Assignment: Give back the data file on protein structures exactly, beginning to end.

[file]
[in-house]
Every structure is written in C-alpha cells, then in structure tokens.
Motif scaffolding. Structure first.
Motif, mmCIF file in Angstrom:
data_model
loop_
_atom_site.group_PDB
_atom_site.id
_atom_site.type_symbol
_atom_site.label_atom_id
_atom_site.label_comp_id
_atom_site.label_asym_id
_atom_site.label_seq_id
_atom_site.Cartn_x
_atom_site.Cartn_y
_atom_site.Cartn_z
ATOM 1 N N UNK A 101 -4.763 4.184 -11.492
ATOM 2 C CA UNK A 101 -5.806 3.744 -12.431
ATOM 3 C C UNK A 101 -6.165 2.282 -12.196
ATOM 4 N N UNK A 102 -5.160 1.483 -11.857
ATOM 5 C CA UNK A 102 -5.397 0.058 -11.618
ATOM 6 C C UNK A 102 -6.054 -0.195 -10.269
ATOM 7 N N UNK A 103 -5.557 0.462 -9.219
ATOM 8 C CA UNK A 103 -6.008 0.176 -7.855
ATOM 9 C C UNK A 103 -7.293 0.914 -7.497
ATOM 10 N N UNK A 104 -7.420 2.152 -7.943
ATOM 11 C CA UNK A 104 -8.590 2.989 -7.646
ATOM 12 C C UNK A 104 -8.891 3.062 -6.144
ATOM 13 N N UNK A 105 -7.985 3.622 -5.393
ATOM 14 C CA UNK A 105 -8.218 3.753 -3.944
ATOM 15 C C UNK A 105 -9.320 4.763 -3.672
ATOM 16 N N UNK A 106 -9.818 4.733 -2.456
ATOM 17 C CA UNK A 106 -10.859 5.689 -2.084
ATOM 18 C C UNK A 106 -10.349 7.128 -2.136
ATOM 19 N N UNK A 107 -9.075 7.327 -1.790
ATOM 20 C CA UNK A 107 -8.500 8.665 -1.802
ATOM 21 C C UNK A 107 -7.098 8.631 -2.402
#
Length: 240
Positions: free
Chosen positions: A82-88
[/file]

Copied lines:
[in-house]
Every structure is written in C-alpha cells, then in structure tokens.
Motif scaffolding. Structure first.
Motif, mmCIF file in Angstrom:
data_model
loop_
_atom_site.group_PDB
_atom_site.id
_atom_site.type_symbol
_atom_site.label_atom_id
_atom_site.label_comp_id
_atom_site.label_asym_id
_atom_site.label_seq_id
_atom_site.Cartn_x
_atom_site.Cartn_y
_atom_site.Cartn_z
ATOM 1 N N UNK A 101 -4.763 4.184 -11.492
ATOM 2 C CA UNK A 101 -5.806 3.744 -12.431
ATOM 3 C C UNK A 101 -6.165 2.282 -12.196
ATOM 4 N N UNK A 102 -5.160 1.483 -11.857
ATOM 5 C CA UNK A 102 -5.397 0.058 -11.618
ATOM 6 C C UNK A 102 -6.054 -0.195 -10.269
ATOM 7 N N UNK A 103 -5.557 0.462 -9.219
ATOM 8 C CA UNK A 103 -6.008 0.176 -7.855
ATOM 9 C C UNK A 103 -7.293 0.914 -7.497
ATOM 10 N N UNK A 104 -7.420 2.152 -7.943
ATOM 11 C CA UNK A 104 -8.590 2.989 -7.646
ATOM 12 C C UNK A 104 -8.891 3.062 -6.144
ATOM 13 N N UNK A 105 -7.985 3.622 -5.393
ATOM 14 C CA UNK A 105 -8.218 3.753 -3.944
ATOM 15 C C UNK A 105 -9.320 4.763 -3.672
ATOM 16 N N UNK A 106 -9.818 4.733 -2.456
ATOM 17 C CA UNK A 106 -10.859 5.689 -2.084
ATOM 18 C C UNK A 106 -10.349 7.128 -2.136
ATOM 19 N N UNK A 107 -9.075 7.327 -1.790
ATOM 20 C CA UNK A 107 -8.500 8.665 -1.802
ATOM 21 C C UNK A 107 -7.098 8.631 -2.402
#
Length: 240
Positions: free
Chosen positions: A82-88